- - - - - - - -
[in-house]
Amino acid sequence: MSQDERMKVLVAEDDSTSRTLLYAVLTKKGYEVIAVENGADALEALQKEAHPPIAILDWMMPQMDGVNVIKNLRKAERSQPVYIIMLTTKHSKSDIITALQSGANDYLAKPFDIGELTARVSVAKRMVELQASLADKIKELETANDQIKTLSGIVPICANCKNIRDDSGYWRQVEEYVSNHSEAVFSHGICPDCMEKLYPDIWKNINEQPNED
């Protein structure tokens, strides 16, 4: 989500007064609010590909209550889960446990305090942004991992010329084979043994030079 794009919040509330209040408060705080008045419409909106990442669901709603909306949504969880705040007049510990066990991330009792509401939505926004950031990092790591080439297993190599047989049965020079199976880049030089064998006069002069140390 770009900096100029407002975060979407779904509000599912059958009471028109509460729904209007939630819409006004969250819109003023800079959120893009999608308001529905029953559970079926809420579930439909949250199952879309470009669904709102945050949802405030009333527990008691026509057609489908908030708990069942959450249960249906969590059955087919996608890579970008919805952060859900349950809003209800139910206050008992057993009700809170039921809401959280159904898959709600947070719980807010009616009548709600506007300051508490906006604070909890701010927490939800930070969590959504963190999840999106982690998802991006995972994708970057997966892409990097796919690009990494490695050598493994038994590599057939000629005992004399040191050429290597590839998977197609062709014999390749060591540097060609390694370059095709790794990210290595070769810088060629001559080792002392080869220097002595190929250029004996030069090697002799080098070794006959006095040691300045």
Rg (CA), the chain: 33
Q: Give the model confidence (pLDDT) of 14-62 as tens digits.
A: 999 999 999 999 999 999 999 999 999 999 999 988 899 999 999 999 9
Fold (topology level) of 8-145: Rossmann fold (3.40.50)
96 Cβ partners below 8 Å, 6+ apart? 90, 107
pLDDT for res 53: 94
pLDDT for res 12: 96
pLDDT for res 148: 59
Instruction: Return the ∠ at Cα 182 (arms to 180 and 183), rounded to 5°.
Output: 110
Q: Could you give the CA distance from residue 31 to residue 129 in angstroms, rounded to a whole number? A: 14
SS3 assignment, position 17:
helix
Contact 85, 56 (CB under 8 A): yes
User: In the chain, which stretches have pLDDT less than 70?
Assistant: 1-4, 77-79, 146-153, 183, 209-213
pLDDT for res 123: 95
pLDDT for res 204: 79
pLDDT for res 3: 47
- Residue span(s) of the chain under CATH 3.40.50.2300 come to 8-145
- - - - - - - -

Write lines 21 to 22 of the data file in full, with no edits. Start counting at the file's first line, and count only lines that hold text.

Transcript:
pLDDT for res 204: 79
pLDDT for res 3: 47